Charles James Fox MP

Charles James Fox one of the greatest political figures of the eighteenth century was born the second son of Henry first Lord Holland, born in 1749 at the family seat at Foxley near Malmesbury in Wiltshire. After attending Eton and Hertford College, Oxford he was elected to parliament in 1768, aged nineteen, to represent the family’s pocket borough of Midhurst.

Fox was appointed Junior Lord of the Admiralty in 1770. In December 1772 Fox became Lord of the Treasury but was dismissed in February 1774 after criticising the influential artist and journalist, Henry Woodfall. He returned to the House of Commons as MP for Malmesbury in 1774. Later, 1784, he was elected MP for Westminster.

In an era when the political and industrial landscape was rapidly changing, Fox advocated parliamentary reform to get rid of rotten and pocket boroughs which could be bought by would-be MPs, in favour of creating new constituencies in the expanding industrial towns.

Out of office, Charles Fox opposed North’s policy towards America. He denounced the taxation of the Americans without their consent. When war broke out Fox called for a negotiated peace.

Charles James Fox MP © Malmesbury Memories

Charles James Fox MP © Malmesbury Memories

Fox anticipated the creation of a liberal, constitutional monarchy following the French Revolution of 1789 and was horrified when King Louis XVI was executed. Fox criticised the government for going to war against France in 1793 and called for a negotiated end to the dispute. His stance in this matter led to him being perceived as unpatriotic by many people.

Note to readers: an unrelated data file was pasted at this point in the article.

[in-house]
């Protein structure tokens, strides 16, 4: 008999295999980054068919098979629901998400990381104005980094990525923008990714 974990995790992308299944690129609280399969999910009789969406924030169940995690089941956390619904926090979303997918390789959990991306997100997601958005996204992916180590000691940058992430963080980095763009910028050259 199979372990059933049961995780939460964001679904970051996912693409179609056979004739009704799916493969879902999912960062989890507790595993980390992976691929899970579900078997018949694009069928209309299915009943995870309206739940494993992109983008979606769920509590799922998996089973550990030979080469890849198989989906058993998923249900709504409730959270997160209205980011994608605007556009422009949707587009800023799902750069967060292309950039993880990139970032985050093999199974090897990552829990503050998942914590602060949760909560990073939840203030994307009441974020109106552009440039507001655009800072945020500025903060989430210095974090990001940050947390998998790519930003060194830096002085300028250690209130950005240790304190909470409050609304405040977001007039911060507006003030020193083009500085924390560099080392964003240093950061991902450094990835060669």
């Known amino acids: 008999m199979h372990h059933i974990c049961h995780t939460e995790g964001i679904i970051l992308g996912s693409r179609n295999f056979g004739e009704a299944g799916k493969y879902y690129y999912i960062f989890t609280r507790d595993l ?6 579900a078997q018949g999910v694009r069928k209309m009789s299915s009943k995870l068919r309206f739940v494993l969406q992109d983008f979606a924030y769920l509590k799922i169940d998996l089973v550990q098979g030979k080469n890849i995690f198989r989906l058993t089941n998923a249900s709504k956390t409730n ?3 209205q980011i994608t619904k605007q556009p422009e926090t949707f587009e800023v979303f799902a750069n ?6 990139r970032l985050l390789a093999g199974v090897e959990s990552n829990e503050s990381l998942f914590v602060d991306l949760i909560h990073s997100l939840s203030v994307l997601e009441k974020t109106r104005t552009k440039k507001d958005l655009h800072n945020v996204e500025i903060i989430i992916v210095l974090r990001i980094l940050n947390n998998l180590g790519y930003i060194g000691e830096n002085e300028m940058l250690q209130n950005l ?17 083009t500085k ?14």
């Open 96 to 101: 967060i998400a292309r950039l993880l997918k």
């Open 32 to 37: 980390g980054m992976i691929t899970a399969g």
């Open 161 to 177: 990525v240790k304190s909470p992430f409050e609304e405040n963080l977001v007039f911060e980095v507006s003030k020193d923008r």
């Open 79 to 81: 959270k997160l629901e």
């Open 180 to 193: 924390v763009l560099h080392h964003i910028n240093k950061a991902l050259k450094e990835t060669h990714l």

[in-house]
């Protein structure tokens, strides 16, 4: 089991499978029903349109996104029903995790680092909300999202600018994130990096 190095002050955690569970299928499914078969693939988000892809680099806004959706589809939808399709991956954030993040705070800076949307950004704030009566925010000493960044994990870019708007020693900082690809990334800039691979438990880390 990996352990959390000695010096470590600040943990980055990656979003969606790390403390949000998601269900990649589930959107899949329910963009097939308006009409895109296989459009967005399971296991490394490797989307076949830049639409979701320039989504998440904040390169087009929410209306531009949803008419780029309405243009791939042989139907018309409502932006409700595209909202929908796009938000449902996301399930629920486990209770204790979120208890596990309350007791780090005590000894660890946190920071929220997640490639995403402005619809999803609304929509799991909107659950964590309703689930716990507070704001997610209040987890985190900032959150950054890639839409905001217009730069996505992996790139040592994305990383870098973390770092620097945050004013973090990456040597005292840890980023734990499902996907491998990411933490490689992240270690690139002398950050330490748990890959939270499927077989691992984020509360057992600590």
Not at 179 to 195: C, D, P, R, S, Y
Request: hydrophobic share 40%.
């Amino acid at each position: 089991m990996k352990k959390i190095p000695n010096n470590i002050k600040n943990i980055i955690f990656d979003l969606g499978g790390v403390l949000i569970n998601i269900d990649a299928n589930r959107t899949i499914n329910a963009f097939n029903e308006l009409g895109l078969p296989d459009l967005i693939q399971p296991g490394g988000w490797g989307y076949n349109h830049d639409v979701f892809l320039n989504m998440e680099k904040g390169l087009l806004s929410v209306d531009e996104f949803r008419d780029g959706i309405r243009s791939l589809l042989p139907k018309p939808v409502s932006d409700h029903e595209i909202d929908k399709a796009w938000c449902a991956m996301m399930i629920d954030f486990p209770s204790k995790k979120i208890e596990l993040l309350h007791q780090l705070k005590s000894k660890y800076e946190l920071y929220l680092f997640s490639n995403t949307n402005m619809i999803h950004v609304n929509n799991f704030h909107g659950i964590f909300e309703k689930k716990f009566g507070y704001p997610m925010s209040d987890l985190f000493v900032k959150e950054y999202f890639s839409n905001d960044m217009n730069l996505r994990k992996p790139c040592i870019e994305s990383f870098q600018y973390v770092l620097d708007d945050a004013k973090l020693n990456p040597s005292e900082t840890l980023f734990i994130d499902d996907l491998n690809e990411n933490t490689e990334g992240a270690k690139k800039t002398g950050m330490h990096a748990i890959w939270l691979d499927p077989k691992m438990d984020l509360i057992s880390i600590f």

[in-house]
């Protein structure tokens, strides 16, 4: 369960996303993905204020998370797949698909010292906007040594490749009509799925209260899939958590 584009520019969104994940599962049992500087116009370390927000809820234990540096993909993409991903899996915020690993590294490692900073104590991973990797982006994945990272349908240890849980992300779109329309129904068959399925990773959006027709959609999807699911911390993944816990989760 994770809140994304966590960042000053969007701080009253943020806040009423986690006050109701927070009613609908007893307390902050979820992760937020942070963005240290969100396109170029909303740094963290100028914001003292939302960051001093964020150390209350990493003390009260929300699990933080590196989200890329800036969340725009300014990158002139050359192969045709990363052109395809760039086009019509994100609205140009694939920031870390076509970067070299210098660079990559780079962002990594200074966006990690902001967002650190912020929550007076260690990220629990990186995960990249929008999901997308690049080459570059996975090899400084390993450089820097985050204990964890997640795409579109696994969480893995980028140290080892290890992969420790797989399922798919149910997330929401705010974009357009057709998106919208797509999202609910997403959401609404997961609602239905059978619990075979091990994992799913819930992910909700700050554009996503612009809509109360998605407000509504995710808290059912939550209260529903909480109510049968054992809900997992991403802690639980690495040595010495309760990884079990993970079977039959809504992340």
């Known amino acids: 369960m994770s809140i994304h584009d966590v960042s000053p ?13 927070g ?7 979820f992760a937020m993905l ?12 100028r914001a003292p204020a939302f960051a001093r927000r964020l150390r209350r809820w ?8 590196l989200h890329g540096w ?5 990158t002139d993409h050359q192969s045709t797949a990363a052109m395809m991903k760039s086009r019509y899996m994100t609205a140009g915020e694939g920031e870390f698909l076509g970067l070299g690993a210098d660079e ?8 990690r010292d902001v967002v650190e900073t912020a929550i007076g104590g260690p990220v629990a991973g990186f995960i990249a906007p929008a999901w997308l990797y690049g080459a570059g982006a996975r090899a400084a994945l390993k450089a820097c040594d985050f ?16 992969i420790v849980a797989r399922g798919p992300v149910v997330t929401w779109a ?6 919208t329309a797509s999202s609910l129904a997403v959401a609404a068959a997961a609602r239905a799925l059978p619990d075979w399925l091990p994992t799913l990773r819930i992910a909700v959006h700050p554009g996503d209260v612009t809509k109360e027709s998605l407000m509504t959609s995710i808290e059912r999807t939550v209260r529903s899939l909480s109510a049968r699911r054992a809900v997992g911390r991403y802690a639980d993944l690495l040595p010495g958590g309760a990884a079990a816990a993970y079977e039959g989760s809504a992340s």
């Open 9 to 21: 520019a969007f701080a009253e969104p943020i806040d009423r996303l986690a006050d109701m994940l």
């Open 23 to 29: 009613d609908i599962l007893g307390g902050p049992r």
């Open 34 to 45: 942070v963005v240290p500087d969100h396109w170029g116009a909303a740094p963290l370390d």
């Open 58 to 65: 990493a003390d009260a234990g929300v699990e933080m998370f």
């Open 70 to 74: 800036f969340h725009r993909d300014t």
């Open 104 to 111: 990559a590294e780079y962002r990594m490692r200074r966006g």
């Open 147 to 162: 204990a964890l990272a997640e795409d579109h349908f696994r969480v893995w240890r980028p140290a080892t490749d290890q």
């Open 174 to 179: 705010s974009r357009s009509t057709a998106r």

While Fox disapproved of the ideas presented in Tom Paine’s ‘Rights of Man’, he valued traditional freedoms and consistently opposed their restriction. This is demonstrated in his support of parliamentary reform and Catholic emancipation as well as his opposition to the suspension of habeas corpus and to the continuation of the slave trade.

In 1806 Fox was appointed Foreign Secretary in Lord Grenville’s administration. Despite intense negotiations, he was unable to end hostilities with the French. In the summer of the same year he was taken ill shortly after speaking in the House of Commons in favour of the Abolition of the Slave Trade Bill. His health never recovered. Fox died on 13th September 1806.

Charles James Fox MP a © Malmesbury Memories

Charles James Fox MP a © Malmesbury Memories

Charles James Fox MP b © Malmesbury Memories

Charles James Fox MP b © Malmesbury Memories

1 February, 2015
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